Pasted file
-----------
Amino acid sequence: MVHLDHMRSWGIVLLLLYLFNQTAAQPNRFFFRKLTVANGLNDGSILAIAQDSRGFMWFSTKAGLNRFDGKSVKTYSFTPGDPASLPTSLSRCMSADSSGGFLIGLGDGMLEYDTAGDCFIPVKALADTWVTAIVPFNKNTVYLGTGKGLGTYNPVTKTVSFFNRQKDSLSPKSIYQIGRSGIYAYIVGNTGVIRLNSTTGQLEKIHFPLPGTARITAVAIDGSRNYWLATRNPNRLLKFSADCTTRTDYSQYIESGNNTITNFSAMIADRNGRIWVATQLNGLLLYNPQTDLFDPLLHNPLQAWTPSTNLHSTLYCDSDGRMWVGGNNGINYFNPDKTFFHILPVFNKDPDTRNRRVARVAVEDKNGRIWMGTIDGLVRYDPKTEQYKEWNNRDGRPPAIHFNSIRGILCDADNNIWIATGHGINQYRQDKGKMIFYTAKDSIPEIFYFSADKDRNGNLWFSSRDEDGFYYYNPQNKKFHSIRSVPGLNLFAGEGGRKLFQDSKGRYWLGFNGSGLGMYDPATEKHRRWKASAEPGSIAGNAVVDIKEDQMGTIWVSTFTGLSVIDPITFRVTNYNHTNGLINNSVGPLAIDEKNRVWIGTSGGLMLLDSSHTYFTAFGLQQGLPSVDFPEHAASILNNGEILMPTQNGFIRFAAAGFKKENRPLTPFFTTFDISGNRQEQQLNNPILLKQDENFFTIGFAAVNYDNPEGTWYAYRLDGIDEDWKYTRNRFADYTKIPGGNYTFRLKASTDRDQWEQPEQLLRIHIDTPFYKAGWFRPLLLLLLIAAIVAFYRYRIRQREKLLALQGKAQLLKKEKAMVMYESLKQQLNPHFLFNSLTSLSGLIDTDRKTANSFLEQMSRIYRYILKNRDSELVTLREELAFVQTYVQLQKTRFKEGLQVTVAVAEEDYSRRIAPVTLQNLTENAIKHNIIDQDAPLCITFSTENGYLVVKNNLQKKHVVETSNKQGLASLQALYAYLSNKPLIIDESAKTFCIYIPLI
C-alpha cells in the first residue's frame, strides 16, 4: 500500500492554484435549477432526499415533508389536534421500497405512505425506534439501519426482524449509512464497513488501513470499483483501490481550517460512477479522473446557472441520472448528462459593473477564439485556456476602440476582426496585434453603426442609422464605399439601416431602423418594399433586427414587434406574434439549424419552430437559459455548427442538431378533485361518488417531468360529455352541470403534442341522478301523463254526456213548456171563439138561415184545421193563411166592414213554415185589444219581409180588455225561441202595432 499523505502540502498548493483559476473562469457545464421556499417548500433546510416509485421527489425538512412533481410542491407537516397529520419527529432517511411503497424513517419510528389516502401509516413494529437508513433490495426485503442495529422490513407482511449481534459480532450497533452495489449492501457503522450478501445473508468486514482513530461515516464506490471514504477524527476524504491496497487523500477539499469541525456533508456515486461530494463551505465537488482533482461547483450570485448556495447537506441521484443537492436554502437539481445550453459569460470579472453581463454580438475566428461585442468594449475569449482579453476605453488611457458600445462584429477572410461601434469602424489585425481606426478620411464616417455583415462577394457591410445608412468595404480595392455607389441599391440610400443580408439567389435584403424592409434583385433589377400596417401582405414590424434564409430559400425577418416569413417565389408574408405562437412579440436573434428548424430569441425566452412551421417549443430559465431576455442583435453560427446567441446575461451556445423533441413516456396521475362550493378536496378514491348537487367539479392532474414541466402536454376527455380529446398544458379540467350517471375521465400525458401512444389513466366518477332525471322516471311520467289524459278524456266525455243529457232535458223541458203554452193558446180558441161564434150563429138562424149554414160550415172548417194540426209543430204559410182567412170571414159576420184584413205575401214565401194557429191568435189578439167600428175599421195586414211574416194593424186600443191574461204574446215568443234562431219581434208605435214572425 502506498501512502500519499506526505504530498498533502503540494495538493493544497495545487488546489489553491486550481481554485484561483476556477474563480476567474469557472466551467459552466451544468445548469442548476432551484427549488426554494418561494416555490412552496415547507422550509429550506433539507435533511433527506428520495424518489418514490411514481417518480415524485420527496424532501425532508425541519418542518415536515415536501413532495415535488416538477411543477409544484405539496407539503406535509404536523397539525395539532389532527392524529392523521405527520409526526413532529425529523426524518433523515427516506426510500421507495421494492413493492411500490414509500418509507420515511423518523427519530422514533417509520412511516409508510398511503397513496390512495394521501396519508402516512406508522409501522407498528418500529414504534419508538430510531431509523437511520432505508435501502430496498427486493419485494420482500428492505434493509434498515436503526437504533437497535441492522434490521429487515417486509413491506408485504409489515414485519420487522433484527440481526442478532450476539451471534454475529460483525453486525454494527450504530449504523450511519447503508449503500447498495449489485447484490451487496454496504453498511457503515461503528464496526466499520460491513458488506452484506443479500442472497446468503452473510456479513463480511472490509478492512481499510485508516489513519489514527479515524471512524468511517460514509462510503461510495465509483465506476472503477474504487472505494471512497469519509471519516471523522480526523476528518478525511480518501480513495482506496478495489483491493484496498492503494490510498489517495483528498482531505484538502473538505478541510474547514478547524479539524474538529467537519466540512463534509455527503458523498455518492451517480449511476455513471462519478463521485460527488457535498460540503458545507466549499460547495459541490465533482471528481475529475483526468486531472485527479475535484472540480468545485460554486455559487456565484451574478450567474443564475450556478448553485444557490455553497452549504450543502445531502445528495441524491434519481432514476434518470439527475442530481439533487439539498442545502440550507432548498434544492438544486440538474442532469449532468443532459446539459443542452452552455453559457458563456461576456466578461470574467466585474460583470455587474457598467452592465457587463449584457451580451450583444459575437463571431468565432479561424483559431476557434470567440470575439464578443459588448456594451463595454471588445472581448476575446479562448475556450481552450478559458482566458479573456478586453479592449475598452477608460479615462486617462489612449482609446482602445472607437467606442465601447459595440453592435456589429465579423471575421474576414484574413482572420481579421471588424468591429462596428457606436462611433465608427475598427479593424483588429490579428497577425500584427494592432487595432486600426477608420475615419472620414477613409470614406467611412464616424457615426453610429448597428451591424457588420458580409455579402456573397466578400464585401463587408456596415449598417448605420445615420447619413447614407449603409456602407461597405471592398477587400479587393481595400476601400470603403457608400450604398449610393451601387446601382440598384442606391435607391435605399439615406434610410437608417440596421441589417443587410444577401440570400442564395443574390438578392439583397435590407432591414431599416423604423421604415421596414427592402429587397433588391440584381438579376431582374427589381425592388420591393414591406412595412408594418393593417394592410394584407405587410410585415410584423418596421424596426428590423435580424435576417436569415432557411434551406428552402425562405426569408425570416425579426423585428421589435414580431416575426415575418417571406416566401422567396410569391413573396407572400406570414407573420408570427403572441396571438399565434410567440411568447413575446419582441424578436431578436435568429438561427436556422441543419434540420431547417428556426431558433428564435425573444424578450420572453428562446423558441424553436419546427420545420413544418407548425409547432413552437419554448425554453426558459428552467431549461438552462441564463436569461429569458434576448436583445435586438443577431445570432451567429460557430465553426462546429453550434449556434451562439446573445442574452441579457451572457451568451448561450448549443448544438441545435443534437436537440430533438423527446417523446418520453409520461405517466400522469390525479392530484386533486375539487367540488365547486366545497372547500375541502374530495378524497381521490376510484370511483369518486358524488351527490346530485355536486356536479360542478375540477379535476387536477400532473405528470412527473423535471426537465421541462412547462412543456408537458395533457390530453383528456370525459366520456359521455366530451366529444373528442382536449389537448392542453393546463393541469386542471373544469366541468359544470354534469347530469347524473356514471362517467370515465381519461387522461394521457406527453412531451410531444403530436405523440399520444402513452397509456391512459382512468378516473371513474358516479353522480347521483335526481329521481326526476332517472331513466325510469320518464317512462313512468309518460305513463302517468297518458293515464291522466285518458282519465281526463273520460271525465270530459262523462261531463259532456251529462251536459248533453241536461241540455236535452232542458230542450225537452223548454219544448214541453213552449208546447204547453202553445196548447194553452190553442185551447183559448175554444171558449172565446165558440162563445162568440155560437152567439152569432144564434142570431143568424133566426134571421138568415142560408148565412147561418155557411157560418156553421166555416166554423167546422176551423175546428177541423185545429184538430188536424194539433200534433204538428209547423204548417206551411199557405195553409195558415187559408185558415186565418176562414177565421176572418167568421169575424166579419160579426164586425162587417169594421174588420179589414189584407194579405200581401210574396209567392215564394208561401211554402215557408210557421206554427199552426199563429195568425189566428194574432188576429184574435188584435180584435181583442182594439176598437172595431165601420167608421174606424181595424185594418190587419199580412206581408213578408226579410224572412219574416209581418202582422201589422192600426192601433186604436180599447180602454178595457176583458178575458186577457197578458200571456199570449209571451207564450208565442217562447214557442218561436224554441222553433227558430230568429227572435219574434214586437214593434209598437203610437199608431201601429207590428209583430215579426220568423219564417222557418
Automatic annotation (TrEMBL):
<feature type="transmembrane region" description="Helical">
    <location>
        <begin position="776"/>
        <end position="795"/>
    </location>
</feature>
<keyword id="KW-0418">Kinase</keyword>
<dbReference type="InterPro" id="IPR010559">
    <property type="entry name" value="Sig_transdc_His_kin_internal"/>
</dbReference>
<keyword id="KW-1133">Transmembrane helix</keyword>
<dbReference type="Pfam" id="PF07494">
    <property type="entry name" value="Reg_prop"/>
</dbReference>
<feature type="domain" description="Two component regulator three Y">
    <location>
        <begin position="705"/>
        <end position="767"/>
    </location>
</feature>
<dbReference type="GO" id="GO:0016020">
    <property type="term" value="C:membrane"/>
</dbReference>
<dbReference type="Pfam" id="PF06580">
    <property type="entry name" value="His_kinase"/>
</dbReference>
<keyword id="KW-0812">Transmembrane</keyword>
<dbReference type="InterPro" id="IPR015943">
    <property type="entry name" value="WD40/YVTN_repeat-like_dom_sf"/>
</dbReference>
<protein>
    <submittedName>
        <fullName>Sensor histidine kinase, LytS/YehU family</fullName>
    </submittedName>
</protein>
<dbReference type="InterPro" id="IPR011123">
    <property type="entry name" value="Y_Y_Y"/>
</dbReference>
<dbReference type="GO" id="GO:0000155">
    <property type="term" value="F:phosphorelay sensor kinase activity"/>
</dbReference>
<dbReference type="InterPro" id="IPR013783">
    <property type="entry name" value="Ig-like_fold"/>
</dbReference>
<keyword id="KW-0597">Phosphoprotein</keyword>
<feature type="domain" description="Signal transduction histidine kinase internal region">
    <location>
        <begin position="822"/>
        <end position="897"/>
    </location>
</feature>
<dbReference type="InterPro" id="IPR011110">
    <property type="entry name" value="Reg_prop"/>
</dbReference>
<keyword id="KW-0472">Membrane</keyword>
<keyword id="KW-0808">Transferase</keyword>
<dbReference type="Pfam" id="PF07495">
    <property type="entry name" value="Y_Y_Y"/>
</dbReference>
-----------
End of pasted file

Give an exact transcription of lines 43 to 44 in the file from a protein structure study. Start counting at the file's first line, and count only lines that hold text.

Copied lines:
    <property type="term" value="F:phosphorelay sensor kinase activity"/>
</dbReference>